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Rescue plan put to Jets

CHESTER Jets, who are in danger of losing their identity after plans for a new home in Ellesmere Port were rejected this week, have received an offer of help from Chester City FC.

CHESTER Jets, who are in danger of losing their identity after plans for a new home in Ellesmere Port were rejected this week, have received an offer of help from Chester City FC.

Jets official Joe Lofthouse issued a stark warning that the club could be forced to move to Liverpool if it was to retain its status in the British League.

But after hearing of the Jets' predicament, the Blues' new owner Stephen Vaughan has invited officials of the basketball club to contact him to discuss a possible partnership to build an indoor area on the Deva Stadium site.

Vaughan hopes to persuade Chester City Council and the club's former owners and lease guarantors, Morrison Developments, to co-operate in providing a multi-use facility at the Bumpers Lane ground.

'We want an indoor venue for our school of excellence, but it makes sense to try to put a package together for the benefit of Chester City and Chester Jets, who need a new home,' he said.

'I would be happy to talk to their officials to see if we can do something.'

There is pressure from the British Basketball League for all the teams to play in 2,000-capacity arenas with television access and Lofthouse explained: 'We don't have that at the Northgate Arena and although we all want to stay in this area because it's our home, circumstances may dictate the club might have to consider a move in the future to survive at the top.'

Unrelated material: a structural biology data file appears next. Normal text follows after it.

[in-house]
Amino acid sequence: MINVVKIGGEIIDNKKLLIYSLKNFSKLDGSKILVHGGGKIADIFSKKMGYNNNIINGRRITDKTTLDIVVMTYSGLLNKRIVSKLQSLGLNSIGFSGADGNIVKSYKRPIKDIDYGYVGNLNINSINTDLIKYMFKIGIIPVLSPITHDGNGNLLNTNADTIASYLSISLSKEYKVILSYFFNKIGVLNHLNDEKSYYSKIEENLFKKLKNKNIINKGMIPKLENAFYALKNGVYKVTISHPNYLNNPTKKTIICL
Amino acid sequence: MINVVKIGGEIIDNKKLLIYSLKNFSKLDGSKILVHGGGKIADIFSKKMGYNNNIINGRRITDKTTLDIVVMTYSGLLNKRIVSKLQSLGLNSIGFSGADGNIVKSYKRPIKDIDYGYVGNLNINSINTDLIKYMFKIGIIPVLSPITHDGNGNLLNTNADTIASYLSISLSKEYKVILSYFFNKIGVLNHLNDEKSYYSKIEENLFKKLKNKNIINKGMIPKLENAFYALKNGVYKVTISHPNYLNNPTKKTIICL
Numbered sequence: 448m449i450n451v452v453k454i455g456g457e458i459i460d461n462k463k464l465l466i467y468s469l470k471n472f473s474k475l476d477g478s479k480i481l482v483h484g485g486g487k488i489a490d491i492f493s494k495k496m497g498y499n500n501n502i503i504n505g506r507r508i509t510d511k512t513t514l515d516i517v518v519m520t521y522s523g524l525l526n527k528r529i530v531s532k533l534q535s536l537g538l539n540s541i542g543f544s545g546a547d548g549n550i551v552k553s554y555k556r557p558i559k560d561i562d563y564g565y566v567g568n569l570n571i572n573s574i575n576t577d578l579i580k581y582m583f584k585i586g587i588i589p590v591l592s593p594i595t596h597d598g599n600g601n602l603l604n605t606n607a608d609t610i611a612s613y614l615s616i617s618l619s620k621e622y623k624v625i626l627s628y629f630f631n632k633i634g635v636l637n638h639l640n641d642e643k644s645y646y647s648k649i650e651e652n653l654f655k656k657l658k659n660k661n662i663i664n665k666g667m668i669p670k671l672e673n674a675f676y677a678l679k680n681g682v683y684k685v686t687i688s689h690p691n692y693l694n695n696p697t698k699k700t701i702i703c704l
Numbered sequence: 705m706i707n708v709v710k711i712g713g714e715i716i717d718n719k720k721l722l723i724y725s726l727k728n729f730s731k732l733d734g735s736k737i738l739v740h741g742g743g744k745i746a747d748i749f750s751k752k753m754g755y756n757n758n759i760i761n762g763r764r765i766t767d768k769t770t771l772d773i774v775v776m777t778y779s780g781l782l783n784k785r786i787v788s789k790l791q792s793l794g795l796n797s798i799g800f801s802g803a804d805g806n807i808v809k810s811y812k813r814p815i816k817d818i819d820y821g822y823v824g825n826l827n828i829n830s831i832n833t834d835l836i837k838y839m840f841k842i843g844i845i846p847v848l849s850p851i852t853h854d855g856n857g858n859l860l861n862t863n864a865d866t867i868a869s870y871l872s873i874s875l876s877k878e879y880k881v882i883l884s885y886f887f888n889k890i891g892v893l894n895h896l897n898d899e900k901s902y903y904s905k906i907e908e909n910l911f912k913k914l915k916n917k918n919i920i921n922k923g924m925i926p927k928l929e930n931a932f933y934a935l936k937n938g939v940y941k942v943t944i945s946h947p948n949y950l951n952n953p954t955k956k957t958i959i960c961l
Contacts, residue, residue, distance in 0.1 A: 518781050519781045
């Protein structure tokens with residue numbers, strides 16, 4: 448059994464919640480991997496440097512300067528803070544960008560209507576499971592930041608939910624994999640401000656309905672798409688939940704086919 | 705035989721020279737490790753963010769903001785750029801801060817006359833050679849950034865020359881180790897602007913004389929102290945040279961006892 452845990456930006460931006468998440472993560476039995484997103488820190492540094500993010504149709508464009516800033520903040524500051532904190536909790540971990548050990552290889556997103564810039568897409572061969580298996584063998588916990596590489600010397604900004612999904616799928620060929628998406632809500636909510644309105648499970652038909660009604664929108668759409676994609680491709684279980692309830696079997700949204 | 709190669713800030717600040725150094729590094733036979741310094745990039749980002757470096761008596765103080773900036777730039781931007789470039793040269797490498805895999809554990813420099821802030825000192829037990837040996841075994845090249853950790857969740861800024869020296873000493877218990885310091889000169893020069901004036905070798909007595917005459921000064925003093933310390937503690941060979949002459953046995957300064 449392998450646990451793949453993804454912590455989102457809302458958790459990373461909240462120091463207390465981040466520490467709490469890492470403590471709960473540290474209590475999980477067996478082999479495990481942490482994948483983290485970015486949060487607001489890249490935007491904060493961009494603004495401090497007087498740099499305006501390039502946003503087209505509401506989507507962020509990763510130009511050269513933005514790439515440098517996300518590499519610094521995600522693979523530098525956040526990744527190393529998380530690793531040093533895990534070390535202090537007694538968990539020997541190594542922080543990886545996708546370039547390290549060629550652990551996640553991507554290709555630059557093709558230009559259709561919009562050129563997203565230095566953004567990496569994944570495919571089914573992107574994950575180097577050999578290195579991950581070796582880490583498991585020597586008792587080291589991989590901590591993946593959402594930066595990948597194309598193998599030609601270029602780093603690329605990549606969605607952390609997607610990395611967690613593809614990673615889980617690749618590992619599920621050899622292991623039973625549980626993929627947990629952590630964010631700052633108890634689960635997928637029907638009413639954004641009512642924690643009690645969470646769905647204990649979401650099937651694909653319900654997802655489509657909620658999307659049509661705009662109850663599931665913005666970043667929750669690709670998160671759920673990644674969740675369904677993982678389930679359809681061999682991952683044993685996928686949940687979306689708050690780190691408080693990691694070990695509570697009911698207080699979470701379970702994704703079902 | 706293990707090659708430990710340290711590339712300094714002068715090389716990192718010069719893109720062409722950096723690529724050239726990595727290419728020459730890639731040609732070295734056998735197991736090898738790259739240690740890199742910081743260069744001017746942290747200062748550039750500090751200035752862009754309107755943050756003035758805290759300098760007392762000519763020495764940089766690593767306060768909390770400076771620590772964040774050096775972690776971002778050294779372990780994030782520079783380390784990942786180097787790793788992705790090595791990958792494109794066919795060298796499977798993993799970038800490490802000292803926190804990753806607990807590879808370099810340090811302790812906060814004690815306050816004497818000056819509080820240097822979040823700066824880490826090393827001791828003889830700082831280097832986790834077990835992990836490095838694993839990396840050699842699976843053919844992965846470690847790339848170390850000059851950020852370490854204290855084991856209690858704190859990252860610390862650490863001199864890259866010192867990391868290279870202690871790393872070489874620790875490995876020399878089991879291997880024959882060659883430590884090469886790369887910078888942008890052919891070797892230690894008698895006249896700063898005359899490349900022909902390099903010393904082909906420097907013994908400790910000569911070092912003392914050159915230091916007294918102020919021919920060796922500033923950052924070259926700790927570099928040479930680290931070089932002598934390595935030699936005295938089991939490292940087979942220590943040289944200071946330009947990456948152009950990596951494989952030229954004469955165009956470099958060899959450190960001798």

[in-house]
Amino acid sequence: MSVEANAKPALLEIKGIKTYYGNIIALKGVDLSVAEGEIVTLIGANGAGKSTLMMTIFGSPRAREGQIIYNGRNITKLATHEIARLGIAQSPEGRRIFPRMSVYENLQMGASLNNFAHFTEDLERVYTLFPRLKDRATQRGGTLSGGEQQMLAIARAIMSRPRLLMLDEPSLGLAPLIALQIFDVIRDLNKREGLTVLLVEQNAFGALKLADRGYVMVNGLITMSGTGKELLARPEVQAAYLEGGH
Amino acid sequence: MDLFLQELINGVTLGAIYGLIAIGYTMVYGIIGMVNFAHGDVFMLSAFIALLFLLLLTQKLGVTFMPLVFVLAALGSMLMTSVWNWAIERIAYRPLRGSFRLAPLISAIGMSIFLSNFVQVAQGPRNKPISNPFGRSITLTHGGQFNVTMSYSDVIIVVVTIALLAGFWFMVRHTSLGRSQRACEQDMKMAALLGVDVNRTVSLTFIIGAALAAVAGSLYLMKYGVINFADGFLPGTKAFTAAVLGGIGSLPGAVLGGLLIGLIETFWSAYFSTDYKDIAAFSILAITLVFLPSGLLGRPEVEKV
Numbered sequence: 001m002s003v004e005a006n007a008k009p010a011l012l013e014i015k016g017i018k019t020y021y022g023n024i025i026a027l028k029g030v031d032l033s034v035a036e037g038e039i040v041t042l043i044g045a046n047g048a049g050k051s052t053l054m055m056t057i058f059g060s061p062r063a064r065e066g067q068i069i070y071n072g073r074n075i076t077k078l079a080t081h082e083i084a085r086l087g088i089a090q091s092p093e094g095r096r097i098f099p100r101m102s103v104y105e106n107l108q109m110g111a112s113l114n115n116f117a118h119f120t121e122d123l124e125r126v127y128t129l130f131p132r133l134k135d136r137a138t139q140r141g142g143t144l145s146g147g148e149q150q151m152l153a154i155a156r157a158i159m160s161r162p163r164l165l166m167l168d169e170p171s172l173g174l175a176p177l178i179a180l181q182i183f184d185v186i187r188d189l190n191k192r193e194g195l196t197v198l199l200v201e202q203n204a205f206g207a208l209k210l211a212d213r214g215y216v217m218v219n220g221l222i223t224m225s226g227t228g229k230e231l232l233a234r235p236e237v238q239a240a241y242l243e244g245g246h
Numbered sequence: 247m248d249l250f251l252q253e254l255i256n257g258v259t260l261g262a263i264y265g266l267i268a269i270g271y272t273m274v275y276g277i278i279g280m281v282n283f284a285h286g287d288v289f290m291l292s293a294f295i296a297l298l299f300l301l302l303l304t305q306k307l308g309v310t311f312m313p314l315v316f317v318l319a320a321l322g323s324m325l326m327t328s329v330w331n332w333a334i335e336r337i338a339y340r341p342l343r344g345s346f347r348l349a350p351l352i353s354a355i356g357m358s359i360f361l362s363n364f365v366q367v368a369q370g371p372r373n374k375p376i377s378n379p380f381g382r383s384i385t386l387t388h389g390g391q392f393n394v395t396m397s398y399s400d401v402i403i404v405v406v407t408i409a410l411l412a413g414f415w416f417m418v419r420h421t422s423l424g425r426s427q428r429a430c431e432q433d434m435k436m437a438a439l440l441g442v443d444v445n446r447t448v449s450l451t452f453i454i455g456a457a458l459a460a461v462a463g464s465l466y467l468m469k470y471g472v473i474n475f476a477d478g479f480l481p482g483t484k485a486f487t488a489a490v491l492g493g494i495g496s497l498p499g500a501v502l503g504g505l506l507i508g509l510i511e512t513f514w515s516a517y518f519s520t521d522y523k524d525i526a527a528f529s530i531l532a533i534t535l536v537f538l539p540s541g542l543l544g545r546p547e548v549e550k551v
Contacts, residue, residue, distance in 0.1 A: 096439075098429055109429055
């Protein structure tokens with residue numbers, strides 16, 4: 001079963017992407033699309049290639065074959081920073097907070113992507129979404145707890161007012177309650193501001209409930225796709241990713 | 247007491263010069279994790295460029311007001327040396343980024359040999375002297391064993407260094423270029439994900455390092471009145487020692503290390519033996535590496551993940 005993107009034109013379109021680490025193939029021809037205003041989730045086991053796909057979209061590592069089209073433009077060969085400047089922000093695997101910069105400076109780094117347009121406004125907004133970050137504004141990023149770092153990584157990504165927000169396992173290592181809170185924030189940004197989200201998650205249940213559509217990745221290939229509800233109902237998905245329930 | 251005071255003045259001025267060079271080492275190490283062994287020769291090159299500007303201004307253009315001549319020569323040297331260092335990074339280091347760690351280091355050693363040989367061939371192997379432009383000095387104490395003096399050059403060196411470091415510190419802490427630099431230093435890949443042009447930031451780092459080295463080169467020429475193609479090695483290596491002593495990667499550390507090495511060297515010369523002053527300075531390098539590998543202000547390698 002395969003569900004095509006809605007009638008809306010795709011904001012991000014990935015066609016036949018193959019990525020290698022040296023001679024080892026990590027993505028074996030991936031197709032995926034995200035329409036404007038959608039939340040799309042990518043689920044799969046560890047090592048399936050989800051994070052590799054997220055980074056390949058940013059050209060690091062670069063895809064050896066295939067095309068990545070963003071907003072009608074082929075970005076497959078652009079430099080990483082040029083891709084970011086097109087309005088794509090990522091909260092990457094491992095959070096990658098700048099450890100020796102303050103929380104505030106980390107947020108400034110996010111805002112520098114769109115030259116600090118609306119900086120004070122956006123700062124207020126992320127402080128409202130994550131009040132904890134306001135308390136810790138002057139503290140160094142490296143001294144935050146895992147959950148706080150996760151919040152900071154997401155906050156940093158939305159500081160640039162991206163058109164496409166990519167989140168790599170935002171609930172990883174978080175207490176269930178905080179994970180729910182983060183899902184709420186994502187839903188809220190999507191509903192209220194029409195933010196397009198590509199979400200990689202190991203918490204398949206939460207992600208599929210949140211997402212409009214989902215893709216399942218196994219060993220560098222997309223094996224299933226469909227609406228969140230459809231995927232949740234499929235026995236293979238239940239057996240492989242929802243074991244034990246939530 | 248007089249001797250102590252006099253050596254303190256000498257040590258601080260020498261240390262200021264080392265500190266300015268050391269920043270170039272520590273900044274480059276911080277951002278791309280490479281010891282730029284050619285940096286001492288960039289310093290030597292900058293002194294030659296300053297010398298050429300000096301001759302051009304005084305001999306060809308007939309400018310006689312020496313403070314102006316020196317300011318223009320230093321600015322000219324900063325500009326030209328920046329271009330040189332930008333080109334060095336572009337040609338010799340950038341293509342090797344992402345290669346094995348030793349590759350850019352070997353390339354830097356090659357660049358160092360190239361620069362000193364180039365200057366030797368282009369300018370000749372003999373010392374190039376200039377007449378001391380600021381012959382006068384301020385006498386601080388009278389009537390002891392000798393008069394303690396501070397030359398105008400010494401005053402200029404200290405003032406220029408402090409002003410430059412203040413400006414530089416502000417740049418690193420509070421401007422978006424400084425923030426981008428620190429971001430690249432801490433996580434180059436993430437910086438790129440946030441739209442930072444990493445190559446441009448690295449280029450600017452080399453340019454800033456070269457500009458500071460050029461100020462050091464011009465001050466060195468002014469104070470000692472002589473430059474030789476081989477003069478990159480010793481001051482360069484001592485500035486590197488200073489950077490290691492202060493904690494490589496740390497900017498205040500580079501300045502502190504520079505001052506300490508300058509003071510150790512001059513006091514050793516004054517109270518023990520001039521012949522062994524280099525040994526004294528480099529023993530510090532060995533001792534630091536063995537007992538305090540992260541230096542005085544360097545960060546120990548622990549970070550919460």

A combination of planning delays, funding problems and, in Lofthouse's opinion, poor advice from both the Epicentre Partnership and the borough council, meant that the Ellesmere Port project has failed to get off the ground.

Early plans earmarked a £3.7m facility on Cromwell Road, which would include four courts, paid for by £3m of lottery cash and £700,000 of matched funding.

The project was then downgraded to a £3m three-court centre and some pressure was introduced to move to the old greyhound stadium.

The issue came to a head in July when Jets' application to Epicentre ­- the body formed to apply for projects to regenerate Ellesmere Port town centre ­- was turned down.

'The main reason given was that our proposals did not involve employment opportunities in the town,' added Lofthouse.

'We feel badly let down. Ellesmere Port would have had a facility to be proud of and employment had never been raised as a pre-requisite of the bid.'

He added: 'The council and Epicentre have failed the town and we have been badly advised by both parties. The club is now talking to private parties about funding, but this often creates problems for lottery bids.

We could still get a new arena in Ellesmere Port, but I'm not optimistic.'

Steve Cranmer, the Epicentre Partnership regeneration manager responded: 'We are very supportive of the scheme, but on the occasion that the Jets made their second bid, we had received £8m worth of bids for £1m of funding and had to give priority to projects that most closely met our strategic aims.'

The loss of the Jets, who have the best record in the league this season and regularly pack in capacity crowds of about 1,000 at the Arena, would be a huge blow to their expanding army of fans, who would welcome any ideas to keep the club in the area.

Lofthouse expressed an interest in the football club's suggestion and may seek talks with Vaughan after consulting with other Jets' officials.

* Jets, who snatched an 86-85 win at Edinburgh Rocks on Thursday last week, followed up with another fine performance to beat London Towers 101-89 at the Arena on Sunday.

* Jets have no game this weekend.

* Win tickets for Jets' National Cup semi-final ­- see next week's Chronicle.


David Holmes
Chief News Reporter
David Norbury
Mike Fuller
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